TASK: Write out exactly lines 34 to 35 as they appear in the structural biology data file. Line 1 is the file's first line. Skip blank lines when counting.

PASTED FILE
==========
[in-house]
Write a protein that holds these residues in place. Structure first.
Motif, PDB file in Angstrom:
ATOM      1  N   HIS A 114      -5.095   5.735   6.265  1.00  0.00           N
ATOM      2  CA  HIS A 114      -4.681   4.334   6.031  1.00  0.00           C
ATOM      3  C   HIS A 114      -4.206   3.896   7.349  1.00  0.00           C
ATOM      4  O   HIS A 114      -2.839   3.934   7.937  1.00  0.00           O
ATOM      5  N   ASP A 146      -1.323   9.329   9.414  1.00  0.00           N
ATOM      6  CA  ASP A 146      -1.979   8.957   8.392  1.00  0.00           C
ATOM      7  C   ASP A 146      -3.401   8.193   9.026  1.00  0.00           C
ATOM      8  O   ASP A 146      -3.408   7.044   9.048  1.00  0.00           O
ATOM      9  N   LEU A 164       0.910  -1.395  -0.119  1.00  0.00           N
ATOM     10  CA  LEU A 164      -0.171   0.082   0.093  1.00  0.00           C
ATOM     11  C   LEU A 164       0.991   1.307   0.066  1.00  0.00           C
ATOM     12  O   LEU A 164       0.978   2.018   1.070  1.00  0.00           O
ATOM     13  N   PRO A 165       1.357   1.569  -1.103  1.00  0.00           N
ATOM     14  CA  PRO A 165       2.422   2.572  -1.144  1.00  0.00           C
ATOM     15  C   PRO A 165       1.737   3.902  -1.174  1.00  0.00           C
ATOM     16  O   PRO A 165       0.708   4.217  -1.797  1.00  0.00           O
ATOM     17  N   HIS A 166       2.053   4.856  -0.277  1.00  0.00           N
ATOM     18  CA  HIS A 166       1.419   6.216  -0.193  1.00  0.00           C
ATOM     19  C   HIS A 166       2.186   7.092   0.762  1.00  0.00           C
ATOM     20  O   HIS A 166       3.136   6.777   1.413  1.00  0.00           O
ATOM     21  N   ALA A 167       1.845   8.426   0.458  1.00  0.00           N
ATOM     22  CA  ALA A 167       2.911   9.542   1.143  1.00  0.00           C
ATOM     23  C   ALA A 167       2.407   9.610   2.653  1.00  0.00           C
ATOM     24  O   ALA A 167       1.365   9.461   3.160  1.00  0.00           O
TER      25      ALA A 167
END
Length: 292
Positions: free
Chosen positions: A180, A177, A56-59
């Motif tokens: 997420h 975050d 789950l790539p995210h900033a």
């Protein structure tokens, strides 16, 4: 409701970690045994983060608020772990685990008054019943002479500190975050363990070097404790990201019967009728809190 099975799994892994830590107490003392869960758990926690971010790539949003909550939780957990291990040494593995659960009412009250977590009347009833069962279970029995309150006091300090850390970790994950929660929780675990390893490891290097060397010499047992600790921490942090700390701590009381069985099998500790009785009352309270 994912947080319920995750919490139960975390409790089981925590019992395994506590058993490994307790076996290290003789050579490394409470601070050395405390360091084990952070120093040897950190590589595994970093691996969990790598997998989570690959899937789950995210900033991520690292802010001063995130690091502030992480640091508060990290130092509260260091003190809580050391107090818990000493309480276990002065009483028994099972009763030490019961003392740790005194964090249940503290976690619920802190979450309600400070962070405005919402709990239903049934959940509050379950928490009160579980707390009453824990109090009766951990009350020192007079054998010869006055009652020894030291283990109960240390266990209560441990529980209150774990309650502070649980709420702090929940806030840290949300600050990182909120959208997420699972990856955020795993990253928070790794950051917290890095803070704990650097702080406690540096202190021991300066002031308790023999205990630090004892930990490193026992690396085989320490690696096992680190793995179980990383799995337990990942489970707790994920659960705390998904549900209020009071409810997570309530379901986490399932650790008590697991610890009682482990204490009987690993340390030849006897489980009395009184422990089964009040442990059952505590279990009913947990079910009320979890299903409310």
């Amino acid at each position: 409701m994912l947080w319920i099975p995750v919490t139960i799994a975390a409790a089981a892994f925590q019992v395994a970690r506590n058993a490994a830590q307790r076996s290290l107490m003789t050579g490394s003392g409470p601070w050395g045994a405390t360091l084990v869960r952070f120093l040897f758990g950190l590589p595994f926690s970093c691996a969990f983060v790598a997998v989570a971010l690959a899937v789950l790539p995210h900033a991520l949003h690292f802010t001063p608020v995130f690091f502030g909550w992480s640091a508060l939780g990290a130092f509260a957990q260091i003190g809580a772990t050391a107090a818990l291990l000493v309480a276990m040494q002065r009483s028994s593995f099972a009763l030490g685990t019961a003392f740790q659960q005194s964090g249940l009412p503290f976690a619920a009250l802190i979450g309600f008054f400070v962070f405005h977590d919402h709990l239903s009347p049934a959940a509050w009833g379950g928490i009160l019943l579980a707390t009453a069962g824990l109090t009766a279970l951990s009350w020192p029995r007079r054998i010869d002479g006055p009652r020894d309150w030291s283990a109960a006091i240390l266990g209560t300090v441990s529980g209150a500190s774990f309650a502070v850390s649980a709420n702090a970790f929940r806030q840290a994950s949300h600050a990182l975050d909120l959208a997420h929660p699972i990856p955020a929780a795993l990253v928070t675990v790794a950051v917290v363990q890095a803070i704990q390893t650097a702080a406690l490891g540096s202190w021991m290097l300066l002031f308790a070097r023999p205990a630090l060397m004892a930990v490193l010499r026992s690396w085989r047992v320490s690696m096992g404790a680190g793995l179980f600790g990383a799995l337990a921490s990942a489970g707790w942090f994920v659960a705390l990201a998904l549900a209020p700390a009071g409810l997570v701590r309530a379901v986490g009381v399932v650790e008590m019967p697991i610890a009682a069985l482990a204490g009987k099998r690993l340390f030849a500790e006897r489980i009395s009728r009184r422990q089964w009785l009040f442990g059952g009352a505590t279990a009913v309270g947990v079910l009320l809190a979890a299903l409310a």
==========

């Protein structure tokens, strides 16, 4: 409701970690045994983060608020772990685990008054019943002479500190975050363990070097404790990201019967009728809190 099975799994892994830590107490003392869960758990926690971010790539949003909550939780957990291990040494593995659960009412009250977590009347009833069962279970029995309150006091300090850390970790994950929660929780675990390893490891290097060397010499047992600790921490942090700390701590009381069985099998500790009785009352309270 994912947080319920995750919490139960975390409790089981925590019992395994506590058993490994307790076996290290003789050579490394409470601070050395405390360091084990952070120093040897950190590589595994970093691996969990790598997998989570690959899937789950995210900033991520690292802010001063995130690091502030992480640091508060990290130092509260260091003190809580050391107090818990000493309480276990002065009483028994099972009763030490019961003392740790005194964090249940503290976690619920802190979450309600400070962070405005919402709990239903049934959940509050379950928490009160579980707390009453824990109090009766951990009350020192007079054998010869006055009652020894030291283990109960240390266990209560441990529980209150774990309650502070649980709420702090929940806030840290949300600050990182909120959208997420699972990856955020795993990253928070790794950051917290890095803070704990650097702080406690540096202190021991300066002031308790023999205990630090004892930990490193026992690396085989320490690696096992680190793995179980990383799995337990990942489970707790994920659960705390998904549900209020009071409810997570309530379901986490399932650790008590697991610890009682482990204490009987690993340390030849006897489980009395009184422990089964009040442990059952505590279990009913947990079910009320979890299903409310």
């Amino acid at each position: 409701m994912l947080w319920i099975p995750v919490t139960i799994a975390a409790a089981a892994f925590q019992v395994a970690r506590n058993a490994a830590q307790r076996s290290l107490m003789t050579g490394s003392g409470p601070w050395g045994a405390t360091l084990v869960r952070f120093l040897f758990g950190l590589p595994f926690s970093c691996a969990f983060v790598a997998v989570a971010l690959a899937v789950l790539p995210h900033a991520l949003h690292f802010t001063p608020v995130f690091f502030g909550w992480s640091a508060l939780g990290a130092f509260a957990q260091i003190g809580a772990t050391a107090a818990l291990l000493v309480a276990m040494q002065r009483s028994s593995f099972a009763l030490g685990t019961a003392f740790q659960q005194s964090g249940l009412p503290f976690a619920a009250l802190i979450g309600f008054f400070v962070f405005h977590d919402h709990l239903s009347p049934a959940a509050w009833g379950g928490i009160l019943l579980a707390t009453a069962g824990l109090t009766a279970l951990s009350w020192p029995r007079r054998i010869d002479g006055p009652r020894d309150w030291s283990a109960a006091i240390l266990g209560t300090v441990s529980g209150a500190s774990f309650a502070v850390s649980a709420n702090a970790f929940r806030q840290a994950s949300h600050a990182l975050d909120l959208a997420h929660p699972i990856p955020a929780a795993l990253v928070t675990v790794a950051v917290v363990q890095a803070i704990q390893t650097a702080a406690l490891g540096s202190w021991m290097l300066l002031f308790a070097r023999p205990a630090l060397m004892a930990v490193l010499r026992s690396w085989r047992v320490s690696m096992g404790a680190g793995l179980f600790g990383a799995l337990a921490s990942a489970g707790w942090f994920v659960a705390l990201a998904l549900a209020p700390a009071g409810l997570v701590r309530a379901v986490g009381v399932v650790e008590m019967p697991i610890a009682a069985l482990a204490g009987k099998r690993l340390f030849a500790e006897r489980i009395s009728r009184r422990q089964w009785l009040f442990g059952g009352a505590t279990a009913v309270g947990v079910l009320l809190a979890a299903l409310a």